In the wake of the novel coronavirus (COVID-19), Australian consumers have ensured their pantries are packed with food essentials. But new Nielsen Homescan research has revealed that consumers are stocking a healthy store of produce items, both shelf- and fridge-friendly, as well.
In the four weeks ending March 22, overall growth of the fresh produce category reached a two-year high, up 5.1% in volume sold compared to the same period a year ago. This marks a break in trend from recent months where fresh produce had experienced generally flat sales growth. During this same period in March, many retailers withdrew promotional activity in an attempt to manage demand. Meanwhile, consumers contended with higher average prices due to supply chain challenges lingering from the bushfires and drought. With these factors considered, the increase in fresh produce sales during March is well above expectations.
Sales of fresh produce were also heavily supported by online shopping. Dollar sales for fresh produce sold online increased 37.2% in the four weeks to Feb. 22, compared to a year ago. But due to mass demand, supply chains were pushed to the limit. As a result, the e-commerce sales trend for fresh produce fell to 9.5% in the following four week period ending March 22.
With more time at home and less desire to frequent stores due to the risk of COVID-19 exposure, Australians are shopping for produce differently than we’ve seen in the past. Similar to consumers in North America, the latest data highlights that Australians are stocking up on fruits and vegetables that have a longer shelf-life, and in some cases, seeking produce options that are more cost-effective such as canned or frozen fruit and vegetables. In the month of March, both shelf-stable and frozen produce have seen unprecedented sales growth.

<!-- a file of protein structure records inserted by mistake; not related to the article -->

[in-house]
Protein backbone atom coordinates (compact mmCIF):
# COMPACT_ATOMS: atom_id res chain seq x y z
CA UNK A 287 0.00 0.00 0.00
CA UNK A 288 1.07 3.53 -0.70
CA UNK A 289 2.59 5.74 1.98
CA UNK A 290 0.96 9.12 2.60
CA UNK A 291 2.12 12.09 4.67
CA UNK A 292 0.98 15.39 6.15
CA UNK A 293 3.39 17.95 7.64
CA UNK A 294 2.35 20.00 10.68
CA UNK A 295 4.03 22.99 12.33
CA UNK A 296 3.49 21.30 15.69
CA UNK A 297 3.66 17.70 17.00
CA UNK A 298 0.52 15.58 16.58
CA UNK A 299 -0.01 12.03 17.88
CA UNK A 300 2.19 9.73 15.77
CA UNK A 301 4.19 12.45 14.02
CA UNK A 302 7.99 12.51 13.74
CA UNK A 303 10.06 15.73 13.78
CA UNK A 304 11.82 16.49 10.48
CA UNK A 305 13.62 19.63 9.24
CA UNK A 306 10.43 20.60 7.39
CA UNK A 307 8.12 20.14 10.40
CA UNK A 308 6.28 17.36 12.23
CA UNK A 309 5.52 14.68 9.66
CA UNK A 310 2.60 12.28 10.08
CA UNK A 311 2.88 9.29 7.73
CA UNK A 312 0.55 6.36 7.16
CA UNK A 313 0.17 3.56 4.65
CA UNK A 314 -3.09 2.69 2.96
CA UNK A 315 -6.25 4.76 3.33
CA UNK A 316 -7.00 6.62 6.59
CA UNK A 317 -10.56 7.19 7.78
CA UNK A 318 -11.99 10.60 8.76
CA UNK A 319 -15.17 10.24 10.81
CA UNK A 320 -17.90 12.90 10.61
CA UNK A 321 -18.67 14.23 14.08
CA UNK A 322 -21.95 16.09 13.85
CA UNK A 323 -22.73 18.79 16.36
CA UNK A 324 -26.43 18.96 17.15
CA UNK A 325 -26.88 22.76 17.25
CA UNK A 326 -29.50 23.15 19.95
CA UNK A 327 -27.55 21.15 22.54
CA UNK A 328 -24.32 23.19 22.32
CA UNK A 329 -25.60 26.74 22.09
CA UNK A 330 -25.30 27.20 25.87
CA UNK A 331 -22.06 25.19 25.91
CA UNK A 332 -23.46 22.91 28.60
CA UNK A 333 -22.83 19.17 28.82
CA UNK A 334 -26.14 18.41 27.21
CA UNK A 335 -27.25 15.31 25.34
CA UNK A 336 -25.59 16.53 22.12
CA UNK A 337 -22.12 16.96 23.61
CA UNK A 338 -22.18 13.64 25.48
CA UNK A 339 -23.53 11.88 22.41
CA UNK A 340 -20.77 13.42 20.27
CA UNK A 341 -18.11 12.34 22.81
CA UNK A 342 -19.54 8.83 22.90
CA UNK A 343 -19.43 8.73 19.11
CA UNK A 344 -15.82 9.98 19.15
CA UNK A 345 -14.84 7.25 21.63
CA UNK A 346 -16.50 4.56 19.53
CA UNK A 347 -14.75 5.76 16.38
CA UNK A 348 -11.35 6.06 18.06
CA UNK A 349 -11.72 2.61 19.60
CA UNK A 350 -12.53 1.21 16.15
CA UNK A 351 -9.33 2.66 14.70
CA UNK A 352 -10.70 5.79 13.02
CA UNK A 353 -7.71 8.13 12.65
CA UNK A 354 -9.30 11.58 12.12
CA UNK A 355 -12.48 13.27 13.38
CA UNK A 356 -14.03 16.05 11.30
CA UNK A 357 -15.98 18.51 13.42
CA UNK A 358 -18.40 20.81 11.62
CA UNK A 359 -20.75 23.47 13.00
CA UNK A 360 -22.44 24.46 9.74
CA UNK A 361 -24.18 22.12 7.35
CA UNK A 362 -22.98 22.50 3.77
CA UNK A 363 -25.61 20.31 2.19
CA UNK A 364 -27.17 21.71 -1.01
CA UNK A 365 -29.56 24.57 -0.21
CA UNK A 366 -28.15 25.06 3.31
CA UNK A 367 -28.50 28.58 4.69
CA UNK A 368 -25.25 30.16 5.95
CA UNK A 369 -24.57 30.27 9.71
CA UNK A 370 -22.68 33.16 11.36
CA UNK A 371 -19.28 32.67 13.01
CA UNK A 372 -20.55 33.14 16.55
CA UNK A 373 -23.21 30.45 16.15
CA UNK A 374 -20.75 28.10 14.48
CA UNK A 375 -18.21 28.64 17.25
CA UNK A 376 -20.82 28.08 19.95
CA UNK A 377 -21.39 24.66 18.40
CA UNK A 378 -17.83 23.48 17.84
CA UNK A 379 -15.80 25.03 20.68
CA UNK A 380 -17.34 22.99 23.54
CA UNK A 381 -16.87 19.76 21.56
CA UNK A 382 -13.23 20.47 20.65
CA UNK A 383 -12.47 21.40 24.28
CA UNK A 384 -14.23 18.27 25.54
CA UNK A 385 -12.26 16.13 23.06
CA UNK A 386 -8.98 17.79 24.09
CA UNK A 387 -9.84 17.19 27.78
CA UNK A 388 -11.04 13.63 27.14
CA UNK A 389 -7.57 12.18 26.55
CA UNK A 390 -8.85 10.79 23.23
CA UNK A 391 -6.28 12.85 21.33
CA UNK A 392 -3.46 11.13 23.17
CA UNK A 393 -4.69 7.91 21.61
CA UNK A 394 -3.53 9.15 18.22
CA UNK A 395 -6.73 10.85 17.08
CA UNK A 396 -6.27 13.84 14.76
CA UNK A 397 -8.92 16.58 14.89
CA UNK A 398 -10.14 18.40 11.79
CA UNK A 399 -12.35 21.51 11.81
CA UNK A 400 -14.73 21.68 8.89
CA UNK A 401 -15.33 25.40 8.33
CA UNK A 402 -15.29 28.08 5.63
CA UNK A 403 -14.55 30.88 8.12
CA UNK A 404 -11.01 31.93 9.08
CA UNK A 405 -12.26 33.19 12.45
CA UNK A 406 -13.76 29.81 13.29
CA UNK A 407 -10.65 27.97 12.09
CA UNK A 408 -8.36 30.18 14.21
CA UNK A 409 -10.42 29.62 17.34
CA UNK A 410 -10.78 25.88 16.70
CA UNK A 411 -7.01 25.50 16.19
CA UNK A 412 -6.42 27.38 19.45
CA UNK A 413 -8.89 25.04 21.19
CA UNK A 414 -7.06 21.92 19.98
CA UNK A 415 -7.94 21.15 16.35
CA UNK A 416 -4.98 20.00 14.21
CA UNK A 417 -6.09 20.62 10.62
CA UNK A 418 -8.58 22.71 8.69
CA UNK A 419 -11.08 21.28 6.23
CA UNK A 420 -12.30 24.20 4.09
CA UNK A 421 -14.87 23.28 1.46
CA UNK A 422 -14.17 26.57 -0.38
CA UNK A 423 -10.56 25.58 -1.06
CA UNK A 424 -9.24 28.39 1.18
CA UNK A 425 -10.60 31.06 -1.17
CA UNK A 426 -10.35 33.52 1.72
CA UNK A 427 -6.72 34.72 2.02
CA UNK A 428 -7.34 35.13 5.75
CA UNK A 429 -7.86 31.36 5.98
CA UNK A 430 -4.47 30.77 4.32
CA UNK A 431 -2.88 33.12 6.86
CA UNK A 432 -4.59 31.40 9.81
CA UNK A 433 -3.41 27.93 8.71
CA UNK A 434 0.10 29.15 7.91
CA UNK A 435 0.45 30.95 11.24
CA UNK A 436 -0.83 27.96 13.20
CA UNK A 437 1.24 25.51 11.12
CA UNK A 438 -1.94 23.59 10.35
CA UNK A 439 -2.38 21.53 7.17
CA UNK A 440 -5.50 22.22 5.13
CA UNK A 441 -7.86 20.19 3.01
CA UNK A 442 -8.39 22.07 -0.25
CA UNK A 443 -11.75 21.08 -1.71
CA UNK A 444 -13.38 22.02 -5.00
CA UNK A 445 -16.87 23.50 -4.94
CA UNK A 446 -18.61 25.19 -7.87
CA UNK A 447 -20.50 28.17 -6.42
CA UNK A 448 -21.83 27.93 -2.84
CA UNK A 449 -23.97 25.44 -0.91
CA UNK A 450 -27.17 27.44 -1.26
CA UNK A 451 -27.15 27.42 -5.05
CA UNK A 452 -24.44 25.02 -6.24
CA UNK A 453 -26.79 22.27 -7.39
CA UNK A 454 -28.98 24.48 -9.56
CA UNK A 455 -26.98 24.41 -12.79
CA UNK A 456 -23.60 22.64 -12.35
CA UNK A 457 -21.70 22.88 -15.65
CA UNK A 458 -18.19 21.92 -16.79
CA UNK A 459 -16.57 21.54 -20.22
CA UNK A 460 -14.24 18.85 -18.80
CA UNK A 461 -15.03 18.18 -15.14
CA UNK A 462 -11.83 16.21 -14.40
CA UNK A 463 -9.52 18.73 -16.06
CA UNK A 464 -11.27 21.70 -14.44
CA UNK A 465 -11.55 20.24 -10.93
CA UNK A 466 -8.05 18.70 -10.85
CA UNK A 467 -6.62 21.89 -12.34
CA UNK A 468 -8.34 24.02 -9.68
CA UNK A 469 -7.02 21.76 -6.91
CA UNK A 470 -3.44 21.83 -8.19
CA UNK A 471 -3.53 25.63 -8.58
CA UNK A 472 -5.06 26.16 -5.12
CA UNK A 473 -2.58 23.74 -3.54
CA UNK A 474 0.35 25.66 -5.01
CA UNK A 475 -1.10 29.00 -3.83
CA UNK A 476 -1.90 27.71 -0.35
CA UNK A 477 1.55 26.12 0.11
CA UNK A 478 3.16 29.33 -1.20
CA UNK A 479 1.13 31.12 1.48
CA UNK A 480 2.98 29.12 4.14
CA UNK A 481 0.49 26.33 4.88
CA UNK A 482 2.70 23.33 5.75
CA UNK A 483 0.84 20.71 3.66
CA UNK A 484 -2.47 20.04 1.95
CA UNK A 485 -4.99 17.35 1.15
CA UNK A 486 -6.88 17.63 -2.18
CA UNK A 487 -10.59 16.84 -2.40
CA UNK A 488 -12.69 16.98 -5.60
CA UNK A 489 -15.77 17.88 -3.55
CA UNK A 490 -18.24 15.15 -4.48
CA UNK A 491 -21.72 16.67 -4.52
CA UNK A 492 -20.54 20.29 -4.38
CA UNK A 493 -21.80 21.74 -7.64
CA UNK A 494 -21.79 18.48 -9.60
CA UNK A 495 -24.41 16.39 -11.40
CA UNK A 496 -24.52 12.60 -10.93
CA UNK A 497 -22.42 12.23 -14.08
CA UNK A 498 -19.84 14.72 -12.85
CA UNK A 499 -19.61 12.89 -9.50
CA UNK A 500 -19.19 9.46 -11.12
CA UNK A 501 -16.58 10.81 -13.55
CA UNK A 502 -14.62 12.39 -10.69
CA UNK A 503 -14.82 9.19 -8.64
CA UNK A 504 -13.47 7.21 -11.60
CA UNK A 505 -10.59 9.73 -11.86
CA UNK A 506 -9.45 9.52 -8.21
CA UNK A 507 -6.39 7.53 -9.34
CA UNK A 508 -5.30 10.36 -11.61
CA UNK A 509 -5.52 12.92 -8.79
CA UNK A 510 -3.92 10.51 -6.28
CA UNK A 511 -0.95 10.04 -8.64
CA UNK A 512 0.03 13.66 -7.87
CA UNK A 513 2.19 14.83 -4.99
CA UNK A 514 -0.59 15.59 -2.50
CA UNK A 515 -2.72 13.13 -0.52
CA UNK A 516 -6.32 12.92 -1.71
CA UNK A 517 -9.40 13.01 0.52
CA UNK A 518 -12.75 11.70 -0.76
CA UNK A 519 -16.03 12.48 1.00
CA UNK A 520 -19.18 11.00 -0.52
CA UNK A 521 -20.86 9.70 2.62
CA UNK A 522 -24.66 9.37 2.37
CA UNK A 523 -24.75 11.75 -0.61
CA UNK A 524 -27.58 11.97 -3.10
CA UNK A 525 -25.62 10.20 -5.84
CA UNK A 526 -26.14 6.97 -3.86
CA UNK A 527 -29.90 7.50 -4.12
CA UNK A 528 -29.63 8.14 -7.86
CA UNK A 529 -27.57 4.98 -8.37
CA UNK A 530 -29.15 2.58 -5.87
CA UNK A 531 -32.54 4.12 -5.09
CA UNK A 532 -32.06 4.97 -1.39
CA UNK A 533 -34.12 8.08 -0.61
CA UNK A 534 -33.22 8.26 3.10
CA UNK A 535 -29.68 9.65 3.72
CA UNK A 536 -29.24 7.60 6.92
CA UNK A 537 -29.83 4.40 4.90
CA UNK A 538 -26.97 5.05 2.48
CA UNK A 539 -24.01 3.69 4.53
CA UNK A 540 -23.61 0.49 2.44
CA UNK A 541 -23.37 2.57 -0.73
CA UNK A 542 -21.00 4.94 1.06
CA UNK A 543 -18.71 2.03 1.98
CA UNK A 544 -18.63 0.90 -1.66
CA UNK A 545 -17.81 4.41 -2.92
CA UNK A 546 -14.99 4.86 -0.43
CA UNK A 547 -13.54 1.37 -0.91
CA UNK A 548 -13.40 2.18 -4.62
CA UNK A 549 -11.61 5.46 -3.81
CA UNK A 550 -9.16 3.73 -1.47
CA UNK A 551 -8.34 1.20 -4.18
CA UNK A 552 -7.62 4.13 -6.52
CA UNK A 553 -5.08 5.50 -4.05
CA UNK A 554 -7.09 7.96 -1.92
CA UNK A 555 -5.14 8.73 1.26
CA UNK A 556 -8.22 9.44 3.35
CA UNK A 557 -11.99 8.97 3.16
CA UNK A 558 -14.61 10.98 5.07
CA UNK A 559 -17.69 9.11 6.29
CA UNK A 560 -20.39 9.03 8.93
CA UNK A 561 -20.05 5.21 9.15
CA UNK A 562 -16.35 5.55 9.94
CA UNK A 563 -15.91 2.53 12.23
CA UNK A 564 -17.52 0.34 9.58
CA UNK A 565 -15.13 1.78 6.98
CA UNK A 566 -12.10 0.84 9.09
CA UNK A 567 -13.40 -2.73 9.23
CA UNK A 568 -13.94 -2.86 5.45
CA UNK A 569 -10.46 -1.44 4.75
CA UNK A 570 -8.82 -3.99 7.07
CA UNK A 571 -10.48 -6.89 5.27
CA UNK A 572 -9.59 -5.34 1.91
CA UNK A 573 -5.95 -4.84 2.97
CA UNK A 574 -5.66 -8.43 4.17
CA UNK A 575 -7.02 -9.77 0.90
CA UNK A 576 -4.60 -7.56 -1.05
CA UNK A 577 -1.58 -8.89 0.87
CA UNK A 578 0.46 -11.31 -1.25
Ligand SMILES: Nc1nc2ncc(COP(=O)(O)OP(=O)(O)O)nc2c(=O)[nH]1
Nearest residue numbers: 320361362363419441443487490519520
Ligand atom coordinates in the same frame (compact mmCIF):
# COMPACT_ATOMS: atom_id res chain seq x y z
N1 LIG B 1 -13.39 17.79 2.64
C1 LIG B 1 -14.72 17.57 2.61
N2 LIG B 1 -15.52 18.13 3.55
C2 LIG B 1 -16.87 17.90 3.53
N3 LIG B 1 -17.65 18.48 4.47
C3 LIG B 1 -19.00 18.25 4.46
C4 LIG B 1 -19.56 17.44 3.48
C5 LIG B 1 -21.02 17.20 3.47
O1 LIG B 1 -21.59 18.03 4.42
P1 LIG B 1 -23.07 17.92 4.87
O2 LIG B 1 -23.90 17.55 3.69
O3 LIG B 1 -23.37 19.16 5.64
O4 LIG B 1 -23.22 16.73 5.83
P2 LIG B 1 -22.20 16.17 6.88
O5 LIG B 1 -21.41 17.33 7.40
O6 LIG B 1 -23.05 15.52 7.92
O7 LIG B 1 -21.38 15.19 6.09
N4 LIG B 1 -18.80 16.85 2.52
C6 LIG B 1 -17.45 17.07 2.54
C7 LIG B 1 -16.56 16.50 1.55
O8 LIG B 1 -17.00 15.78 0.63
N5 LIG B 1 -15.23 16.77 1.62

A deep-dive into the fresh vegetable category shows that the primary growth drivers were all vegetables that are known to last in consumers’ pantries and fridge drawers. In fact, while volume sales for fresh vegetables increased by 15.0% in the latest four weeks, it was potatoes, carrots and onions – all vegetables that store well – which contributed the most sales growth to the category.
In a time where health is top-of-mind and home snacking is at an all-time high, it was surprising to see fresh fruit volume sales decline in the month of March. Bananas, apples and stone fruit recorded volume growth; while traditional lunchbox and snackable favorites including berries, avocados and citrus all saw declines compared to a year ago. However, with the government’s recent announcement that Australian schools could recommence in the next few weeks, we may see sales for some of these fruit categories start to recover.
Looking across the store, it is clear that Australians are gravitating toward produce that can last weeks, not days. In the four weeks to March 22, frozen fruit recorded an all-time high for volume growth (+39.3%), while canned fruit sales also jumped by 73.9%. Given that the average price of fruit was 7.9% higher than the same time year ago, budgetary constraints may have influenced stronger frozen and canned fruit sales as well. The same pattern could be seen for vegetables with frozen sales up by 59.8%, while canned vegetables increased by 118.5%.
Over the next few months, retailers and brands could consider finding new ways to inspire consumers to use the fruit and vegetable options they are purchasing. Recipe ideas using longer-lasting vegetables with stockpiled pantry items, or creative ways to use frozen and canned produce could help to drive consumption. Working with smaller outlets to provide home delivery options may also assist in facilitating produce purchases for those who are homebound and unable to make it out to their local store.
When Australia starts living the new normal – trust, safety and place of origin will be important considerations for consumers buying fresh produce. Meanwhile sales of longer-lasting fruits and vegetables may soon start to slow as households eat through their stockpile of purchased goods.
Learnings from China suggest that online shopping for fresh foods will only continue to rise in importance. From a retail perspective, much will need to be done to build the supply chains to meet future omnichannel food demands. The specialisation of small stores to match the surrounding demographics and the expansion of e-commerce and home delivery services will be key areas of transformation in the coming months.